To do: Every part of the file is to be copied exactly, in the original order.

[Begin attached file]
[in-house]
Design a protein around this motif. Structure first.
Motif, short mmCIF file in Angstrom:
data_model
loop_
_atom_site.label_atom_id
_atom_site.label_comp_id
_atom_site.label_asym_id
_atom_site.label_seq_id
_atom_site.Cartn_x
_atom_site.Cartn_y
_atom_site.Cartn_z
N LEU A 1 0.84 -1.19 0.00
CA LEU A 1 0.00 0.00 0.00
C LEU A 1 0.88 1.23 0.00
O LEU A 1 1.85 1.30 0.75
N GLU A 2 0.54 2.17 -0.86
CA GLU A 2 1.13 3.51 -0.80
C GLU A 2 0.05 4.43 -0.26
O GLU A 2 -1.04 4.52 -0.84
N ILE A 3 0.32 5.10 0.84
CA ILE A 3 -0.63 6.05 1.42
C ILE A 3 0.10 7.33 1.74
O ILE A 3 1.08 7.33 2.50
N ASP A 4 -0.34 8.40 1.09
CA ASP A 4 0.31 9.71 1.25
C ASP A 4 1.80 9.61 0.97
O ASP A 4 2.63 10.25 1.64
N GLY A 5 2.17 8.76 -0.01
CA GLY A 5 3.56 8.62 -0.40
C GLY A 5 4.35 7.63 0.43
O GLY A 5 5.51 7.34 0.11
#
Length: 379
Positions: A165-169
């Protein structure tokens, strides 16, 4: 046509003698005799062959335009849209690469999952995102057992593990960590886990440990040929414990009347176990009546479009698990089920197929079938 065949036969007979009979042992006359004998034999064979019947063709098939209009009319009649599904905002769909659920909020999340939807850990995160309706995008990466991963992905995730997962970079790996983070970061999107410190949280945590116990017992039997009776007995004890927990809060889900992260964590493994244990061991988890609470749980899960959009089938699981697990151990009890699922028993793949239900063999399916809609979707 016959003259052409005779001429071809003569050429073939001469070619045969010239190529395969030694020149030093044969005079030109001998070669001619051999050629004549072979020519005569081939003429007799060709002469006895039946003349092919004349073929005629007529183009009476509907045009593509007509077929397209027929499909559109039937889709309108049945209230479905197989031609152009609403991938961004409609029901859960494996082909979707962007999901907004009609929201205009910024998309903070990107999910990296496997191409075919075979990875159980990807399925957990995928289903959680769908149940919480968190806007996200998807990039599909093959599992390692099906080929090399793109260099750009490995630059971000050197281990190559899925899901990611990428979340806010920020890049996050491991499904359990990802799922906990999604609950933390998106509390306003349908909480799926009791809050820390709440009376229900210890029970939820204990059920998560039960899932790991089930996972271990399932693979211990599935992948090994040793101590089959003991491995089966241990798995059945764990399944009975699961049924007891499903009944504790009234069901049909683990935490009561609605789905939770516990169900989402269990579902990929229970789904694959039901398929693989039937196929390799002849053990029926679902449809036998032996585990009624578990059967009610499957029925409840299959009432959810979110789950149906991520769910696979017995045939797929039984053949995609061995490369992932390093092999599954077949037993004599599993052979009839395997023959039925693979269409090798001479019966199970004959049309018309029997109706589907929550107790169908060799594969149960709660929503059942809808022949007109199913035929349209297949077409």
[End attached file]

[in-house]
Design a protein around this motif. Structure first.
Motif, short mmCIF file in Angstrom:
data_model
loop_
_atom_site.label_atom_id
_atom_site.label_comp_id
_atom_site.label_asym_id
_atom_site.label_seq_id
_atom_site.Cartn_x
_atom_site.Cartn_y
_atom_site.Cartn_z
N LEU A 1 0.84 -1.19 0.00
CA LEU A 1 0.00 0.00 0.00
C LEU A 1 0.88 1.23 0.00
O LEU A 1 1.85 1.30 0.75
N GLU A 2 0.54 2.17 -0.86
CA GLU A 2 1.13 3.51 -0.80
C GLU A 2 0.05 4.43 -0.26
O GLU A 2 -1.04 4.52 -0.84
N ILE A 3 0.32 5.10 0.84
CA ILE A 3 -0.63 6.05 1.42
C ILE A 3 0.10 7.33 1.74
O ILE A 3 1.08 7.33 2.50
N ASP A 4 -0.34 8.40 1.09
CA ASP A 4 0.31 9.71 1.25
C ASP A 4 1.80 9.61 0.97
O ASP A 4 2.63 10.25 1.64
N GLY A 5 2.17 8.76 -0.01
CA GLY A 5 3.56 8.62 -0.40
C GLY A 5 4.35 7.63 0.43
O GLY A 5 5.51 7.34 0.11
#
Length: 379
Positions: A165-169
């Protein structure tokens, strides 16, 4: 046509003698005799062959335009849209690469999952995102057992593990960590886990440990040929414990009347176990009546479009698990089920197929079938 065949036969007979009979042992006359004998034999064979019947063709098939209009009319009649599904905002769909659920909020999340939807850990995160309706995008990466991963992905995730997962970079790996983070970061999107410190949280945590116990017992039997009776007995004890927990809060889900992260964590493994244990061991988890609470749980899960959009089938699981697990151990009890699922028993793949239900063999399916809609979707 016959003259052409005779001429071809003569050429073939001469070619045969010239190529395969030694020149030093044969005079030109001998070669001619051999050629004549072979020519005569081939003429007799060709002469006895039946003349092919004349073929005629007529183009009476509907045009593509007509077929397209027929499909559109039937889709309108049945209230479905197989031609152009609403991938961004409609029901859960494996082909979707962007999901907004009609929201205009910024998309903070990107999910990296496997191409075919075979990875159980990807399925957990995928289903959680769908149940919480968190806007996200998807990039599909093959599992390692099906080929090399793109260099750009490995630059971000050197281990190559899925899901990611990428979340806010920020890049996050491991499904359990990802799922906990999604609950933390998106509390306003349908909480799926009791809050820390709440009376229900210890029970939820204990059920998560039960899932790991089930996972271990399932693979211990599935992948090994040793101590089959003991491995089966241990798995059945764990399944009975699961049924007891499903009944504790009234069901049909683990935490009561609605789905939770516990169900989402269990579902990929229970789904694959039901398929693989039937196929390799002849053990029926679902449809036998032996585990009624578990059967009610499957029925409840299959009432959810979110789950149906991520769910696979017995045939797929039984053949995609061995490369992932390093092999599954077949037993004599599993052979009839395997023959039925693979269409090798001479019966199970004959049309018309029997109706589907929550107790169908060799594969149960709660929503059942809808022949007109199913035929349209297949077409």